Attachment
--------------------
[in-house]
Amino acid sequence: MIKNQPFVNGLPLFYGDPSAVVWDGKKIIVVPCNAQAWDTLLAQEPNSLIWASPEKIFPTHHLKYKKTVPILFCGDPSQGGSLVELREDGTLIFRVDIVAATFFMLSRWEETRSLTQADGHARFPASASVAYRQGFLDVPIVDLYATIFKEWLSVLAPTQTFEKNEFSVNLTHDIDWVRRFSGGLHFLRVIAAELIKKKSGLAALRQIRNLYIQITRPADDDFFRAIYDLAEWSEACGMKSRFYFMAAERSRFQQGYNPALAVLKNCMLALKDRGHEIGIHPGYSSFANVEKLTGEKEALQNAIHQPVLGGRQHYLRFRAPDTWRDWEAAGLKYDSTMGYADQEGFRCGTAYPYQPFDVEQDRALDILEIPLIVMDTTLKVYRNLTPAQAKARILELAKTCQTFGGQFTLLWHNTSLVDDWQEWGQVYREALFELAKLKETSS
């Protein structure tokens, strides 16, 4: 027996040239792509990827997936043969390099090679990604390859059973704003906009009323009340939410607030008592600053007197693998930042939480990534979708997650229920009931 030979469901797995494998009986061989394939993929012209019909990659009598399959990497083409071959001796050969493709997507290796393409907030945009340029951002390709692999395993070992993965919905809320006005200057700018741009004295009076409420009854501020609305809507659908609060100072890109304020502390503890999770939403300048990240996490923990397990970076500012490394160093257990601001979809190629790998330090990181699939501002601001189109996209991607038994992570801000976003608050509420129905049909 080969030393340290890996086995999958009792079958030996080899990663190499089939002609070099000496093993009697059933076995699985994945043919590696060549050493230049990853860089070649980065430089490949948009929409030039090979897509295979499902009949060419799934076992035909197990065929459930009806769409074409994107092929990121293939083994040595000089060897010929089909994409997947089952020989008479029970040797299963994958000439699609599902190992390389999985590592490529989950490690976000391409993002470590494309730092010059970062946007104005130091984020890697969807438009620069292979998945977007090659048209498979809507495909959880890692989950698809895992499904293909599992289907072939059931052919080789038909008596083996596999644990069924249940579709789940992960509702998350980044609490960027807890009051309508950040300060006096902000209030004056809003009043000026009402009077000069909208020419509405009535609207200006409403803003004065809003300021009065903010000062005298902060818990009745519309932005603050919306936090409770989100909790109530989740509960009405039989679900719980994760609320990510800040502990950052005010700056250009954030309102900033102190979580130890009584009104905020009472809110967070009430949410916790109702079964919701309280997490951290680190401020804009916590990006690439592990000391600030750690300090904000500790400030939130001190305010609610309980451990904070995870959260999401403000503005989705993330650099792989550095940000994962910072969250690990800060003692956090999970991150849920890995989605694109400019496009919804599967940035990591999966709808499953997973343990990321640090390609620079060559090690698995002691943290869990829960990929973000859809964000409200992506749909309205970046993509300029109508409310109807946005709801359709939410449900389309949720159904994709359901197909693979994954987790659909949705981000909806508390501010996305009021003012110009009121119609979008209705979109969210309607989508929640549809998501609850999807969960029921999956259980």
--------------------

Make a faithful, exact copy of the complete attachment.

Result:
[in-house]
Amino acid sequence: MIKNQPFVNGLPLFYGDPSAVVWDGKKIIVVPCNAQAWDTLLAQEPNSLIWASPEKIFPTHHLKYKKTVPILFCGDPSQGGSLVELREDGTLIFRVDIVAATFFMLSRWEETRSLTQADGHARFPASASVAYRQGFLDVPIVDLYATIFKEWLSVLAPTQTFEKNEFSVNLTHDIDWVRRFSGGLHFLRVIAAELIKKKSGLAALRQIRNLYIQITRPADDDFFRAIYDLAEWSEACGMKSRFYFMAAERSRFQQGYNPALAVLKNCMLALKDRGHEIGIHPGYSSFANVEKLTGEKEALQNAIHQPVLGGRQHYLRFRAPDTWRDWEAAGLKYDSTMGYADQEGFRCGTAYPYQPFDVEQDRALDILEIPLIVMDTTLKVYRNLTPAQAKARILELAKTCQTFGGQFTLLWHNTSLVDDWQEWGQVYREALFELAKLKETSS
């Protein structure tokens, strides 16, 4: 027996040239792509990827997936043969390099090679990604390859059973704003906009009323009340939410607030008592600053007197693998930042939480990534979708997650229920009931 030979469901797995494998009986061989394939993929012209019909990659009598399959990497083409071959001796050969493709997507290796393409907030945009340029951002390709692999395993070992993965919905809320006005200057700018741009004295009076409420009854501020609305809507659908609060100072890109304020502390503890999770939403300048990240996490923990397990970076500012490394160093257990601001979809190629790998330090990181699939501002601001189109996209991607038994992570801000976003608050509420129905049909 080969030393340290890996086995999958009792079958030996080899990663190499089939002609070099000496093993009697059933076995699985994945043919590696060549050493230049990853860089070649980065430089490949948009929409030039090979897509295979499902009949060419799934076992035909197990065929459930009806769409074409994107092929990121293939083994040595000089060897010929089909994409997947089952020989008479029970040797299963994958000439699609599902190992390389999985590592490529989950490690976000391409993002470590494309730092010059970062946007104005130091984020890697969807438009620069292979998945977007090659048209498979809507495909959880890692989950698809895992499904293909599992289907072939059931052919080789038909008596083996596999644990069924249940579709789940992960509702998350980044609490960027807890009051309508950040300060006096902000209030004056809003009043000026009402009077000069909208020419509405009535609207200006409403803003004065809003300021009065903010000062005298902060818990009745519309932005603050919306936090409770989100909790109530989740509960009405039989679900719980994760609320990510800040502990950052005010700056250009954030309102900033102190979580130890009584009104905020009472809110967070009430949410916790109702079964919701309280997490951290680190401020804009916590990006690439592990000391600030750690300090904000500790400030939130001190305010609610309980451990904070995870959260999401403000503005989705993330650099792989550095940000994962910072969250690990800060003692956090999970991150849920890995989605694109400019496009919804599967940035990591999966709808499953997973343990990321640090390609620079060559090690698995002691943290869990829960990929973000859809964000409200992506749909309205970046993509300029109508409310109807946005709801359709939410449900389309949720159904994709359901197909693979994954987790659909949705981000909806508390501010996305009021003012110009009121119609979008209705979109969210309607989508929640549809998501609850999807969960029921999956259980």